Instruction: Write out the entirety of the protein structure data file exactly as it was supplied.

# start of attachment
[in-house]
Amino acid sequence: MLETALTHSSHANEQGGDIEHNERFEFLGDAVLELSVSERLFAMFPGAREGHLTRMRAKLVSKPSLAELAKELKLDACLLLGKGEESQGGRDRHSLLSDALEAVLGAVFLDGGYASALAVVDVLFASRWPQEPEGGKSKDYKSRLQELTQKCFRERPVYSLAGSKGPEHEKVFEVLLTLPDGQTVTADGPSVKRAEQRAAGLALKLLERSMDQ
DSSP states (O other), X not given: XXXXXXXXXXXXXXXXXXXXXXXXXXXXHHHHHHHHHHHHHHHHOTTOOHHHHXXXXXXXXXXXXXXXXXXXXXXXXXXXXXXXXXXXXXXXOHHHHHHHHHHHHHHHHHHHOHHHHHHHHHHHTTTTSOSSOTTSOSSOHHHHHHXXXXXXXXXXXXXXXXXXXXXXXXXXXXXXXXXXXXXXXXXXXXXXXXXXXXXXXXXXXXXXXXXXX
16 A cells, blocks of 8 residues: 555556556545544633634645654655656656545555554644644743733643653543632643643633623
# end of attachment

[in-house]
Amino acid sequence: MLETALTHSSHANEQGGDIEHNERFEFLGDAVLELSVSERLFAMFPGAREGHLTRMRAKLVSKPSLAELAKELKLDACLLLGKGEESQGGRDRHSLLSDALEAVLGAVFLDGGYASALAVVDVLFASRWPQEPEGGKSKDYKSRLQELTQKCFRERPVYSLAGSKGPEHEKVFEVLLTLPDGQTVTADGPSVKRAEQRAAGLALKLLERSMDQ
DSSP states (O other), X not given: XXXXXXXXXXXXXXXXXXXXXXXXXXXXHHHHHHHHHHHHHHHHOTTOOHHHHXXXXXXXXXXXXXXXXXXXXXXXXXXXXXXXXXXXXXXXOHHHHHHHHHHHHHHHHHHHOHHHHHHHHHHHTTTTSOSSOTTSOSSOHHHHHHXXXXXXXXXXXXXXXXXXXXXXXXXXXXXXXXXXXXXXXXXXXXXXXXXXXXXXXXXXXXXXXXXXX
16 A cells, blocks of 8 residues: 555556556545544633634645654655656656545555554644644743733643653543632643643633623